How Are Donors Chosen?
Critics of egg donation say parents are using it as a means to genetic engineering -- finding a genetically perfect person to donate an egg so their child can be taller, have perfect skin, or be a genius. But Dr. Scott explains that most infertile couples who use egg donors really just want a healthy baby with 10 fingers and 10 toes, like any natural birth parent.
"Recipients are not necessarily concerned about whether these women are beautiful or not," Dr. Scott says. "But they don't want to burden their child with health issues or stigmas like being overweight. Healthy and intelligent almost always end up as the number one and number two factors the recipient parents are looking for in a donor. But beyond that, recipients look for very different things. Someone who looks basically like them, or has a similar religious background, for example."
Someone who looked like her was just what Kathy found when she began her search for an egg donor. "I was all over the board when I first started pursuing it. I didn't think physical characteristics were that important to me -- I wasn't looking for a clone of me," Kathy says. "But when I actually saw pictures of potential donors, it helped me discern that there were certain characteristics I was leaning toward: fairer skin, fairer eyes, both of which are in my ethnic background."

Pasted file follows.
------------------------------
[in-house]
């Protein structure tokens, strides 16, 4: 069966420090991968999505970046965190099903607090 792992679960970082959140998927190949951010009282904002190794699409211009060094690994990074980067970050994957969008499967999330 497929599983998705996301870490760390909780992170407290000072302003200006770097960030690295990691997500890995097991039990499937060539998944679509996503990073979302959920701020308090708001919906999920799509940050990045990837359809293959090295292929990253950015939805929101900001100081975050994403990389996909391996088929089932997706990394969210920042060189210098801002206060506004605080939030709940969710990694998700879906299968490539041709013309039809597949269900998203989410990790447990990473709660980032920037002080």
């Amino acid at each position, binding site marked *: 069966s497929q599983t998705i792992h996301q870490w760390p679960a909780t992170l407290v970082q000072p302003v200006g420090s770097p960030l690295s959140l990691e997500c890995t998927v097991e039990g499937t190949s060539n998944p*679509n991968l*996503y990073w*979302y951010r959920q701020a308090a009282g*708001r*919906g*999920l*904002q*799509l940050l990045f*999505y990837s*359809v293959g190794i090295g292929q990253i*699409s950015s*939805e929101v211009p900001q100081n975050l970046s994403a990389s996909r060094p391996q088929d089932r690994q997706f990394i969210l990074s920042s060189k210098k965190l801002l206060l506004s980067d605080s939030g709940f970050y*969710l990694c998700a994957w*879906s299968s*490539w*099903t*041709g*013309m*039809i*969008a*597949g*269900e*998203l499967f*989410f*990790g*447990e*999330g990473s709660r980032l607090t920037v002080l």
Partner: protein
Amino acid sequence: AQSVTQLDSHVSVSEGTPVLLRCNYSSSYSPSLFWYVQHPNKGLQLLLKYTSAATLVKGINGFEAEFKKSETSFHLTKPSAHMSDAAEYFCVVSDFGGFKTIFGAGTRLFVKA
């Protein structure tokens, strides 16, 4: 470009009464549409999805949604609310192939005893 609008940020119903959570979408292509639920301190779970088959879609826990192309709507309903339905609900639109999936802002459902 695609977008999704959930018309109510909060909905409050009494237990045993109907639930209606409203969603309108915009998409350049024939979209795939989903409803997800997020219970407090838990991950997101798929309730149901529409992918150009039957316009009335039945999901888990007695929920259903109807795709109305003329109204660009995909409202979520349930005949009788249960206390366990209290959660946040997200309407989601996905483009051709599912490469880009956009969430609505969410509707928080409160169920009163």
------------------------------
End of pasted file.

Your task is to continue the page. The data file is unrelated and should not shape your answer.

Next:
Potential egg donors go through an extensive battery of health tests and psychological examinations before they are considered for most programs. And, Dr. Scott admits, many potential donors are turned away if their health history or psychological makeup is less than perfect.
"The reality is that we actually reject most women who apply to be donors, because they have a disqualifying factor. If someone's father died of a heart attack at age 32, or if the donor has a family history of diabetes or schizophrenia," they would likely be rejected, says Dr. Scott. "We're very picky."
But for the women who do become donors, their anonymous gift to recipient parents is priceless.
"I feel like I hit pay dirt. This is the family I've always wanted," says Kathy. And of the woman who made it all possible, she says, "I often pray for her, and I thank God she gave us this."
*Some names have been changed to protect the anonymity of the women who chose to be interviewed for this article.
Originally published on AmericanBaby.com, July 2004.